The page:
Combining pioneer spirit and small-town vibe, Timmins retains some of the charm and mythology of its history as a gold-miners’ destination. Founded in 1912 by mining developer Noah Timmins, the town was once a major stop for prospectors, who panned along the shores of nearby Porcupine Lake. These days, the precious metals may be gone, but mining remains a dominant industry, with zinc, copper, nickel and—most recently—diamonds pulled from the ground.
When looking for Timmins attractions, start with a lesson in the area's 20th-century history at the Timmins Museum and National Exhibition Centre, on the southeastern edge of town. Featuring a gallery that brings together artifacts and stories from the Porcupine Camp, the museum provides a look at one of Canada's most important gold-mining operations. For a perspective on the town's current industries, take advantage of the free tours organized by the Timmins Chamber of Commerce every summer. These popular Timmins attractions give visitors a behind-the-scenes view of mills and mines that make up the backbone of Timmins life.
Timmins is also home to a wide variety of wildlife. Travelers can revel in over 275 acres of protected wilderness at Cedar Meadows, a spa and resort area just a few kilometres northwest of Timmins Museum. Spotting moose, deer, bison, mountain goats and elk is one of the top things to do in Timmins for nature enthusiasts, and the resort's woodland paths invite leisurely strolling. After a day of canoeing along the Mattagami River or taking a public wildlife tour, Cedar Meadows visitors can luxuriate at the Nordic-inspired spa, or select a signature steak and cocktail in the Voyageur Dining Room.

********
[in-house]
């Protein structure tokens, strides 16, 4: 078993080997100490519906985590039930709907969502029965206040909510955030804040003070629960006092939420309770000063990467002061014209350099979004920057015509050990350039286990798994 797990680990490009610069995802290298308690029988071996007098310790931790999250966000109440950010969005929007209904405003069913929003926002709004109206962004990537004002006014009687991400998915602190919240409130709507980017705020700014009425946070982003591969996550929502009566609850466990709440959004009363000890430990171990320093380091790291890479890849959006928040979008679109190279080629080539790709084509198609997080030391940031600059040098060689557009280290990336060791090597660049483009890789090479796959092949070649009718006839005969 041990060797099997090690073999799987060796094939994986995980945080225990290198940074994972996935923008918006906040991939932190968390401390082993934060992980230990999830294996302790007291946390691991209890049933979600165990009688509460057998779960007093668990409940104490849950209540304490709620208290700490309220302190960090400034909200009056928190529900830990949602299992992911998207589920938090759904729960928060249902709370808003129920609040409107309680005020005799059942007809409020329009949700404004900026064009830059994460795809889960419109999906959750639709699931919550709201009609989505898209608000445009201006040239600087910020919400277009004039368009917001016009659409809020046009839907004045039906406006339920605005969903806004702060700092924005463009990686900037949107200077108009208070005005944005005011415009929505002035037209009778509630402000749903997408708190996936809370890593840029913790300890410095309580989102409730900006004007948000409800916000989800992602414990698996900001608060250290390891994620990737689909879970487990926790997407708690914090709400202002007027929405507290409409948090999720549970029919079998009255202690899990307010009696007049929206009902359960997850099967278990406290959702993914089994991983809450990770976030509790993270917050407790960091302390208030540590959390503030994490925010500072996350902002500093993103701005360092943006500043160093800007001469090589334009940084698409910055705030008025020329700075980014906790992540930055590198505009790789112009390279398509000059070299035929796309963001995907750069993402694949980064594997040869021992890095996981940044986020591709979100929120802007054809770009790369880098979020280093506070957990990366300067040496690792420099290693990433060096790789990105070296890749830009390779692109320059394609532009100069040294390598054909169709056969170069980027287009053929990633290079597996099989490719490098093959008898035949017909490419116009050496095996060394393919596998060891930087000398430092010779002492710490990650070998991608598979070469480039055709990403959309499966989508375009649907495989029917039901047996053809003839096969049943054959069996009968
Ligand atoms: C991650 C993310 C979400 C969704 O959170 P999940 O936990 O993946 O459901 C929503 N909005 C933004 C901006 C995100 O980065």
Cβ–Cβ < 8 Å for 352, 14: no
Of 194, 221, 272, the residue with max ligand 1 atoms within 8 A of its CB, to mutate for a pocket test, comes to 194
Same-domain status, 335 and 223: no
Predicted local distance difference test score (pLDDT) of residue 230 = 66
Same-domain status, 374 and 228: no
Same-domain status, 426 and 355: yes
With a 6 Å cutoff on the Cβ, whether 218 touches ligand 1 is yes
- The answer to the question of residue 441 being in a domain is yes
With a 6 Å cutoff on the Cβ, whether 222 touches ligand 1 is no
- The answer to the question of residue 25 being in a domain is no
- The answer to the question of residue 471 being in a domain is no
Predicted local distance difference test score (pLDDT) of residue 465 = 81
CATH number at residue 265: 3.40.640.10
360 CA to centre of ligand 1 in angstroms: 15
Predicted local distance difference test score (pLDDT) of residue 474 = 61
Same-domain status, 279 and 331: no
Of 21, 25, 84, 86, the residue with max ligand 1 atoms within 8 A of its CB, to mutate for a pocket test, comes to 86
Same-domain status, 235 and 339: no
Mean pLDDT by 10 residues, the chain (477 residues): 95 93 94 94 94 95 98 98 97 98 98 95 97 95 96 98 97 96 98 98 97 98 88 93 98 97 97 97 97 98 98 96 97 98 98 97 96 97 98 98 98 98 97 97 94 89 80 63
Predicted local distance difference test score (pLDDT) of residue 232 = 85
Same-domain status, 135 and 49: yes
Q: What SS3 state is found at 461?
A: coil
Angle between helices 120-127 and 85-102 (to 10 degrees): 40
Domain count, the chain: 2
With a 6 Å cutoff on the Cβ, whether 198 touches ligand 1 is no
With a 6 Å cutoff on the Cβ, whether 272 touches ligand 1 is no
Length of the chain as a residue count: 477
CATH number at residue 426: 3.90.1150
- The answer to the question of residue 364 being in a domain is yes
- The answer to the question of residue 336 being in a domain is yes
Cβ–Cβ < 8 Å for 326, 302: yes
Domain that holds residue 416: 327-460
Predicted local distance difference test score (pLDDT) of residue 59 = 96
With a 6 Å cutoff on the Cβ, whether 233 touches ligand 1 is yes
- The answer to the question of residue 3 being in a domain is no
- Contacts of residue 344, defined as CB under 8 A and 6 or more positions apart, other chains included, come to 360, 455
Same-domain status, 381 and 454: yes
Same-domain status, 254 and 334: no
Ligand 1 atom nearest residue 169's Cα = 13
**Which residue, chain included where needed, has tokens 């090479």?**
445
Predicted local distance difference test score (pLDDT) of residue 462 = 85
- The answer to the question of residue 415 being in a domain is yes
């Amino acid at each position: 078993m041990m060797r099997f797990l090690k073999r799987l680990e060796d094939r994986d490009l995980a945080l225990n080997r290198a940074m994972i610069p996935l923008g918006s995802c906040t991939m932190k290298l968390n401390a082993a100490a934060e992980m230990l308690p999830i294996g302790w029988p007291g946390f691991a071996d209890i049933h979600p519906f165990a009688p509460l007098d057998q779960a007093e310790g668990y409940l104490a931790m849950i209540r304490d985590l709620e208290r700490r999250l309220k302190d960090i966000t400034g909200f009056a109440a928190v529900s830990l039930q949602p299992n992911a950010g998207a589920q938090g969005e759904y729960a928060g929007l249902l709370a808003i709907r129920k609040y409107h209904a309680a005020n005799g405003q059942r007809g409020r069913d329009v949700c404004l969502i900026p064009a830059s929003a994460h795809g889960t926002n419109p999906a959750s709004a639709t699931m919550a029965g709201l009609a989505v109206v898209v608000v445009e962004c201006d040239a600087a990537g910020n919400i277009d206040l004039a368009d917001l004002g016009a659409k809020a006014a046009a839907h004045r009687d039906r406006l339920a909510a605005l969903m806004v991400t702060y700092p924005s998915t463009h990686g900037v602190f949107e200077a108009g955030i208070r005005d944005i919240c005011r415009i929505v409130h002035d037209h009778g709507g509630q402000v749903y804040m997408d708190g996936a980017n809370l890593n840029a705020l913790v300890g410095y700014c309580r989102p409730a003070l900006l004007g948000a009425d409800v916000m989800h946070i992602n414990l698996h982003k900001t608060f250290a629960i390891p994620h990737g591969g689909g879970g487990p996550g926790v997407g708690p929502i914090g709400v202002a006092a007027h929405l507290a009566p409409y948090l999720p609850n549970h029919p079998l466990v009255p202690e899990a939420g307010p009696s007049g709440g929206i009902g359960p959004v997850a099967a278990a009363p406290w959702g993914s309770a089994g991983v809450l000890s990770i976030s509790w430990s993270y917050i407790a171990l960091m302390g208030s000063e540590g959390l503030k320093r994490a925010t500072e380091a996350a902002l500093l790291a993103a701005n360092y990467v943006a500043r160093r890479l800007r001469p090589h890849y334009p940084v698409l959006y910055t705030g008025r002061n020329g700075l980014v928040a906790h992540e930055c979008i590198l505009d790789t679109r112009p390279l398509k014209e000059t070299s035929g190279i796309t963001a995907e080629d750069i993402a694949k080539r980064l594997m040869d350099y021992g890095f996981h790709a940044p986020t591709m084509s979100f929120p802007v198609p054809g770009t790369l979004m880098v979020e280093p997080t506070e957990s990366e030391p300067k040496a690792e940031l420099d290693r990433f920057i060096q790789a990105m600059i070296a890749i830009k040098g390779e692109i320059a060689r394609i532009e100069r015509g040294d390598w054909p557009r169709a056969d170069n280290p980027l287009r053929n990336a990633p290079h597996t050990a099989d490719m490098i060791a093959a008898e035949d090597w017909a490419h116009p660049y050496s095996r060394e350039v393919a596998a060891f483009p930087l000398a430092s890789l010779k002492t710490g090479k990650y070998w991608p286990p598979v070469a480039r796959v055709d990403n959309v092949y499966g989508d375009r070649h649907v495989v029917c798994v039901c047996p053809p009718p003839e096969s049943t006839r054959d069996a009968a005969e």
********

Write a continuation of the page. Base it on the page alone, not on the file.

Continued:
For a look at what drew gold miners and fur trappers alike, head east of town to Porcupine Lake, edged by a variety of neighborhoods that range from college hangouts to garden-decked, family homes. Locals enjoy the many fishing spots tucked along the shore, and bicyclists will appreciate the 10-kilometre loop that winds along the lake.
In addition to gold and diamonds, another gem to come from Timmins was country superstar Shania Twain. A major street is named after the singer. Fans can catch glimpses of Shania memorabilia around the city, especially at the airport and public library. Every August, the town is home to the International Shania Twain Fan Convention, where fans gather to chat about all things Shania.
The town's launch of a music star is no surprise, given its emphasis on an array of music styles, from karaoke in downtown pubs to an annual classical music event in winter, the Porcupine Music Festival. The most popular gathering is the summer concert series, showcasing local musicians from June to August.
Whether perusing a gold nugget plucked from the waters of Porcupine Lake or grooving to local bands, travelers will find an array of things to do in Timmins. As Shania Twain once sang, "Honey, I'm home, that feels much better," and visitors to her hometown are likely to feel that same sense of community.